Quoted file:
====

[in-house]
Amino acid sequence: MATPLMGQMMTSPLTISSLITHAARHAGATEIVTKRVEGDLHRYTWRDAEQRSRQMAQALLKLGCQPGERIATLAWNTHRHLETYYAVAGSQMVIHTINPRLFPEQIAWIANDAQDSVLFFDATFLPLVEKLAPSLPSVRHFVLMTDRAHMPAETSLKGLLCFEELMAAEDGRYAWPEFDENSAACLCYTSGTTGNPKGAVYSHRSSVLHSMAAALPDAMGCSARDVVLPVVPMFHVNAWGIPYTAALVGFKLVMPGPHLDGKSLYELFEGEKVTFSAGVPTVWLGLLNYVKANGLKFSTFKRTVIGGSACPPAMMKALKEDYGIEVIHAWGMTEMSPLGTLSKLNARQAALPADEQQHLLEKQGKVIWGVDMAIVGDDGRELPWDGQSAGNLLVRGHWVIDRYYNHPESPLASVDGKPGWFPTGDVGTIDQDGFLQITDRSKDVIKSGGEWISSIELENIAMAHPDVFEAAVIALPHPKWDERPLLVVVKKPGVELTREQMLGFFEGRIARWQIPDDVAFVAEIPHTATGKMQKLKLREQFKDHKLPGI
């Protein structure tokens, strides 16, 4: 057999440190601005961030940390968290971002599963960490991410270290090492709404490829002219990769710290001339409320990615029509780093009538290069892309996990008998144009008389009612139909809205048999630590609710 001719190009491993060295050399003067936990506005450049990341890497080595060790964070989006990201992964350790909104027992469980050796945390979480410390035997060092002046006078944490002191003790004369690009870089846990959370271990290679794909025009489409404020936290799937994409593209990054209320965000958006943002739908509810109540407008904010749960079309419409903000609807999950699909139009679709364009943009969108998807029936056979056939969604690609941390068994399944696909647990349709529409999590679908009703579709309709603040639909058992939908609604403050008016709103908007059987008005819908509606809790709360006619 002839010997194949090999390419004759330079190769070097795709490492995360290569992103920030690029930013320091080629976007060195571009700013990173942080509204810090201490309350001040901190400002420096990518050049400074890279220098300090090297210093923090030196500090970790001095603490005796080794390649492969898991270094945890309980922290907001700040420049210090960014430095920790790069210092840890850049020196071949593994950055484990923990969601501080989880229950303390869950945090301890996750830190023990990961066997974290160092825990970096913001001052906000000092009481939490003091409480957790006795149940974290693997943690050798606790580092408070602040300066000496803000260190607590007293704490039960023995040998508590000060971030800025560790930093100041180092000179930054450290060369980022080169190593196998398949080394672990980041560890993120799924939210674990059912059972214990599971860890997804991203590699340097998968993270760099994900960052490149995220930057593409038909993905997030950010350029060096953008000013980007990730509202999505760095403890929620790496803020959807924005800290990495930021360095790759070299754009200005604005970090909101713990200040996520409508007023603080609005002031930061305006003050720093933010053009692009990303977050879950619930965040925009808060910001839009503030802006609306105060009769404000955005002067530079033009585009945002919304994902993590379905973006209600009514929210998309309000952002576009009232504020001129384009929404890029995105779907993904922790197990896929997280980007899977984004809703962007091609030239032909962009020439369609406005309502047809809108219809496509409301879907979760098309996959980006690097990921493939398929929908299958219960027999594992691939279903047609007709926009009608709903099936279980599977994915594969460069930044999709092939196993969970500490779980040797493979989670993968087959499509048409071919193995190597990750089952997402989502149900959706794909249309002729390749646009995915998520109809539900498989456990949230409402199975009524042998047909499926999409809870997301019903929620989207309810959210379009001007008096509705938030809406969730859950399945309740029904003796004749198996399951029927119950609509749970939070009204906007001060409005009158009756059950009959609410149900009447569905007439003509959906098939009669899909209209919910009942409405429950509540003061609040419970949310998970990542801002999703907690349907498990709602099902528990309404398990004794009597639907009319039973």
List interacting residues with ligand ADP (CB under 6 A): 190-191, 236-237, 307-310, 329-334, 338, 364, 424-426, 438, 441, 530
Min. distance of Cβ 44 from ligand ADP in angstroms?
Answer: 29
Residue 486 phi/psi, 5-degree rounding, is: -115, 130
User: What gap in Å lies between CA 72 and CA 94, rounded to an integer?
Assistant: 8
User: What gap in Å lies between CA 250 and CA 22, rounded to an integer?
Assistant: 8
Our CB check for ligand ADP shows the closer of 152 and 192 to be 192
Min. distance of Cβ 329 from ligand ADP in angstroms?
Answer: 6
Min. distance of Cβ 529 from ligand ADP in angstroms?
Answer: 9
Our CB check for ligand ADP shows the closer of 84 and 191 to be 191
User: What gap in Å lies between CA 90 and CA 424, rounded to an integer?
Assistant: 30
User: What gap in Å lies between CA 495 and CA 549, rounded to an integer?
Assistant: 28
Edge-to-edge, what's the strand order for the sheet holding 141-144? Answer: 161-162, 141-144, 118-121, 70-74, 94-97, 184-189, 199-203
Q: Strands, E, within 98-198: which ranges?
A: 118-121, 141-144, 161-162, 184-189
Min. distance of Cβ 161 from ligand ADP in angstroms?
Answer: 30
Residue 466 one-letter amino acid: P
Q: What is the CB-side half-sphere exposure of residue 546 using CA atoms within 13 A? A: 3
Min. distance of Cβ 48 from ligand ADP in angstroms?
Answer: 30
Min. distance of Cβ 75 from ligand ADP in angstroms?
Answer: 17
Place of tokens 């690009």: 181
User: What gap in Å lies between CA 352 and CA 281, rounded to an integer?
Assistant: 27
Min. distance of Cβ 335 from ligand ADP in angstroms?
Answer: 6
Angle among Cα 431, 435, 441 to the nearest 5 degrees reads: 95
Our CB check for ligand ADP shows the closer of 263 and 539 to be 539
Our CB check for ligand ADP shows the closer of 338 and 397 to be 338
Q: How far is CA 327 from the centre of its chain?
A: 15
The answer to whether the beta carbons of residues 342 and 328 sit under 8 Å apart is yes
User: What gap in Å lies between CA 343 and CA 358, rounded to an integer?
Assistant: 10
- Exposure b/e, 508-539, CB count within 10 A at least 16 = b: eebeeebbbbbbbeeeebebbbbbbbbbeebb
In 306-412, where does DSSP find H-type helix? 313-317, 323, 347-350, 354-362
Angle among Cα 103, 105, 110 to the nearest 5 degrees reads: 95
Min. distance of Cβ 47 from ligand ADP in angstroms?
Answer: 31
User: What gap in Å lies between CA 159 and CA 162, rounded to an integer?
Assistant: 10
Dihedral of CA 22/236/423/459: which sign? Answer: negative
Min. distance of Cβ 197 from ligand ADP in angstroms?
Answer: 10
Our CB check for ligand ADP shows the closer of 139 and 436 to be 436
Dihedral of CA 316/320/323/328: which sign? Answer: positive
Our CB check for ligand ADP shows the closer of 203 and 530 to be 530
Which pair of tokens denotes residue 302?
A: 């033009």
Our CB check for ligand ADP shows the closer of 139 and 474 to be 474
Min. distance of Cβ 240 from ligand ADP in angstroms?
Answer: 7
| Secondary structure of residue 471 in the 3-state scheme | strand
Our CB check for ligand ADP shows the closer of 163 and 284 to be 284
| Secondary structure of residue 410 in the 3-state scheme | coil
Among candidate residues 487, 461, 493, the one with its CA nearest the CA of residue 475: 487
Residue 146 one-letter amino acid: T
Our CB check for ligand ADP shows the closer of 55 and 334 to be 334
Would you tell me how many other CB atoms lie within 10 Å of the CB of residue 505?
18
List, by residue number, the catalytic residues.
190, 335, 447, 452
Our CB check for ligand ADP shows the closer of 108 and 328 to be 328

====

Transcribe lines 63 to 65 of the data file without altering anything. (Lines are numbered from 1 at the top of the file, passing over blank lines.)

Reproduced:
Answer: 7
| Secondary structure of residue 471 in the 3-state scheme | strand
Our CB check for ligand ADP shows the closer of 163 and 284 to be 284